How much do you charge? Do you take insurance?

My rate is $175 per 50-minute session and $185 per 50-minute EMDR session. For longer sessions, the rate is prorated.

Rates are determined during our initial phone consultation. I am an out-of-network provider, which means I am not contracted with insurance companies. However, if requested, I will be glad to provide a "superbill" receipt that you may submit to your insurance company if you wish for a possible out-of-network reimbursement.

If you are interested in possible reimbursement, I recommend contacting your insurance company and asking what your "out-of-network mental health benefits" are. Your specific insurance plan and your deductible will determine what reimbursement can look like.


What is a LMFT?

A Licensed Marriage and Family Therapist (LMFT) is a therapist who has obtained at least a master’s degree in psychology or other mental health related field. In the state of California, a LMFT has completed a minimum of 3,000 hours of experience working under a clinical supervisor and has passed rigorous licensure exams. In order to maintain licensure, a LMFT must complete continuing education through the entire duration of practicing with their license.


What is a CSAT?

A Certified Sex Addiction Therapist (CSAT) is a therapist who has completed the comprehensive CSAT training program founded by renowned therapist, Dr. Patrick Carnes. The CSAT training is provided by the International Institute for Trauma and Addiction Professionals (IITAP). In order to maintain certification, a CSAT must complete continuing education throughout the entire duration of practicing with their certification.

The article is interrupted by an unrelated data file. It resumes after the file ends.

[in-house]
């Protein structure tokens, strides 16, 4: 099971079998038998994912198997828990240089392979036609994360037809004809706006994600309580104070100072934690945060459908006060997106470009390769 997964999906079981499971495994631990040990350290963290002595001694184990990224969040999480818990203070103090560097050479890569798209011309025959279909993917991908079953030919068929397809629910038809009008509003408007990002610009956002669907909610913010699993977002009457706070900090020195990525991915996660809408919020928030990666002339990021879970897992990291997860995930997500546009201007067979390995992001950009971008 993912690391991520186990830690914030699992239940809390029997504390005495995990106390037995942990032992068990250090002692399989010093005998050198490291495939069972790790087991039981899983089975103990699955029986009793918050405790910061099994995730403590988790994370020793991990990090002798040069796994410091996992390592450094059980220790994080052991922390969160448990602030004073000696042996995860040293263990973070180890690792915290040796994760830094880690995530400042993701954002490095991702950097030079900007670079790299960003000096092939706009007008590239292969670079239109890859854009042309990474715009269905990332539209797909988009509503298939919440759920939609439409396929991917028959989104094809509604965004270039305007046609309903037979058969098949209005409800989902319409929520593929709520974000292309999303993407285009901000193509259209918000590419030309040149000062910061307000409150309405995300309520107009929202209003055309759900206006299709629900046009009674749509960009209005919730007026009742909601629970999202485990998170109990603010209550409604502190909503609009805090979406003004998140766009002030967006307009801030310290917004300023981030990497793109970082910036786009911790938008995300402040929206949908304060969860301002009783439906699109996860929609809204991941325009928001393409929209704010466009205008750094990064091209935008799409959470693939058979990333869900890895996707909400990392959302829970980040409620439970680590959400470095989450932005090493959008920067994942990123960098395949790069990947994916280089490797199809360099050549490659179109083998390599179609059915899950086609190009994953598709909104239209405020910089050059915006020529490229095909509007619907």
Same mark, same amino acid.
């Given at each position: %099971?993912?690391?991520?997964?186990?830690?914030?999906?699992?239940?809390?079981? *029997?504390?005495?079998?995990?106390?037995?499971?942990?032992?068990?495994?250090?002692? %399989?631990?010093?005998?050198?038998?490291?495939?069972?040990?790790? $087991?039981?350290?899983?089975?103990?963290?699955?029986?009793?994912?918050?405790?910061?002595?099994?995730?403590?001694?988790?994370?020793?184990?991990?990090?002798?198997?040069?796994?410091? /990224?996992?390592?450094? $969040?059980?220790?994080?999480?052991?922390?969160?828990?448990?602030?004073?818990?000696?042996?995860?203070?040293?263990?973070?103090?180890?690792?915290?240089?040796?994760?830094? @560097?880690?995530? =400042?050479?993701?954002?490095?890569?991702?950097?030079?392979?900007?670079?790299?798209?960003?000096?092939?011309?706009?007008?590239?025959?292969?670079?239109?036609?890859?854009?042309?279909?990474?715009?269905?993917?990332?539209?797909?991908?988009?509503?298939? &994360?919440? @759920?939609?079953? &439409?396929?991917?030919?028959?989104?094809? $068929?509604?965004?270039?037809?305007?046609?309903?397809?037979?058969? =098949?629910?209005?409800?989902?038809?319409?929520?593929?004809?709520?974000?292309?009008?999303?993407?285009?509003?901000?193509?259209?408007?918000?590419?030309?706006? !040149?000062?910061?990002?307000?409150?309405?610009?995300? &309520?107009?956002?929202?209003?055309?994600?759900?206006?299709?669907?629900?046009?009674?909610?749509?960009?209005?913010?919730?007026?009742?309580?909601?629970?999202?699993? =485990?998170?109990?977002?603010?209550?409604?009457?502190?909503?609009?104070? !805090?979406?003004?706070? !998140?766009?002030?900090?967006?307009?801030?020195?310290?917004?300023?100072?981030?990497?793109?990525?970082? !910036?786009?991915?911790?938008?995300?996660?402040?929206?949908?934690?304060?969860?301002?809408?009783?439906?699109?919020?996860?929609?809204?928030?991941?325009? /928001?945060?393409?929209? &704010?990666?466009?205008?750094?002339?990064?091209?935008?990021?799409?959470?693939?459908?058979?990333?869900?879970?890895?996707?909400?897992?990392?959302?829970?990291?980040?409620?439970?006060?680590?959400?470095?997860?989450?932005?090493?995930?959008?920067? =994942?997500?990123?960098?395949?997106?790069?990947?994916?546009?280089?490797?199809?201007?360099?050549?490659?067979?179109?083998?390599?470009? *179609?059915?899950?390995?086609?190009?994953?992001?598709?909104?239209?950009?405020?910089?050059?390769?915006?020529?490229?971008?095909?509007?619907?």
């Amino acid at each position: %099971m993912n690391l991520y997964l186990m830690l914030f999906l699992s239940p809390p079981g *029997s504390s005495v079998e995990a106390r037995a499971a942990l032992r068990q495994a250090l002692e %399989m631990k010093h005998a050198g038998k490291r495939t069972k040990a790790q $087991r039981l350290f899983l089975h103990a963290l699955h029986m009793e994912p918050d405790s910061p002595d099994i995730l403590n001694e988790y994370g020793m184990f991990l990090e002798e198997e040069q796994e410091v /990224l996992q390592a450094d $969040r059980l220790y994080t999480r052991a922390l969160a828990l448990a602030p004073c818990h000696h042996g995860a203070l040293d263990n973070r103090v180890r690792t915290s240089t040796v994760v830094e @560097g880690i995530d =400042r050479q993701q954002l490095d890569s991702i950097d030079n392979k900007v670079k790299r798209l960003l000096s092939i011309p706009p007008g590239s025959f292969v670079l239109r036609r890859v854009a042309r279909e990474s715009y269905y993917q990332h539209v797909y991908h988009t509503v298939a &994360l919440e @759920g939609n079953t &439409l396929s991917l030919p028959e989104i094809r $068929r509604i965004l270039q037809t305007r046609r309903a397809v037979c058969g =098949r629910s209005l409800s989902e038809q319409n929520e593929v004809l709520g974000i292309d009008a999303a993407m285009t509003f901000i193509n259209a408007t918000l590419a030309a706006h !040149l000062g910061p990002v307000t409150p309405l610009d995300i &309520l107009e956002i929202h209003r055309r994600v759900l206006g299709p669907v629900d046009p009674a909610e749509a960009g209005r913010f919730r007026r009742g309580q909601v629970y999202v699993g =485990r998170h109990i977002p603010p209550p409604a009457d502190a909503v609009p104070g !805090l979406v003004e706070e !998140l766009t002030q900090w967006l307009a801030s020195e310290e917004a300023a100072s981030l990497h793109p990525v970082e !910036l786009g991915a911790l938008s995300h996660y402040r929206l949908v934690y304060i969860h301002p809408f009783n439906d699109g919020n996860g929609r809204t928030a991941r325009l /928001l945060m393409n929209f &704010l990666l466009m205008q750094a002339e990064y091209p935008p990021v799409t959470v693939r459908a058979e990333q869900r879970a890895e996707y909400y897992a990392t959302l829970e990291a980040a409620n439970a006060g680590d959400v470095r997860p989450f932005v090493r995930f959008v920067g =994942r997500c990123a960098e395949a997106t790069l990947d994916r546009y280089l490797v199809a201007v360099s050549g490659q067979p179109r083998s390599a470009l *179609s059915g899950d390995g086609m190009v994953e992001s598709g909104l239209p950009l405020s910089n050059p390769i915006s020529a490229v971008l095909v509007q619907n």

Am I a sex/pornography addict? Is sex addiction even real?

When clients come into therapy for compulsive sexual behaviors, they may wonder whether they are struggling with sex and/or pornography addiction. I often hear clients make comments such as, “Everyone watches porn”, “I’m just living the single life”, or “I enjoy sex, who doesn’t?” Sex and pornography are not necessarily the enemies. Rather, it is the relationship that someone has with sex and pornography that has become problematic for many clients I see. Take a glimpse at my blog "Am I a Sex Addict?" to see what criteria therapists look for when considering if someone is struggling with sex addiction.

The World Health Organization's (WHO) International Classification of Diseases recognizes compulsive sexual behavior as a mental health disorder. While sex addiction is not currently a diagnosis in the Diagnostic and Statistical Manual of Mental Disorders (DSM), this does not minimize the painfully devastating consequences that clients experience as a result of their sexually compulsive behaviors. These consequences may include: profound guilt and shame, conflict in relationships, broken trust, safety concerns, legal issues, job loss, and a myriad of other consequences. The Sexual Addiction Screening test (SAST) is a self-assessment that can help you better understand if your compulsive sexual behaviors indicate the presence of sex addiction. This assessment is not meant to be a diagnosis – it is designed to help you determine whether you should seek further help with a trained professional. To access this free self-assessment, click here.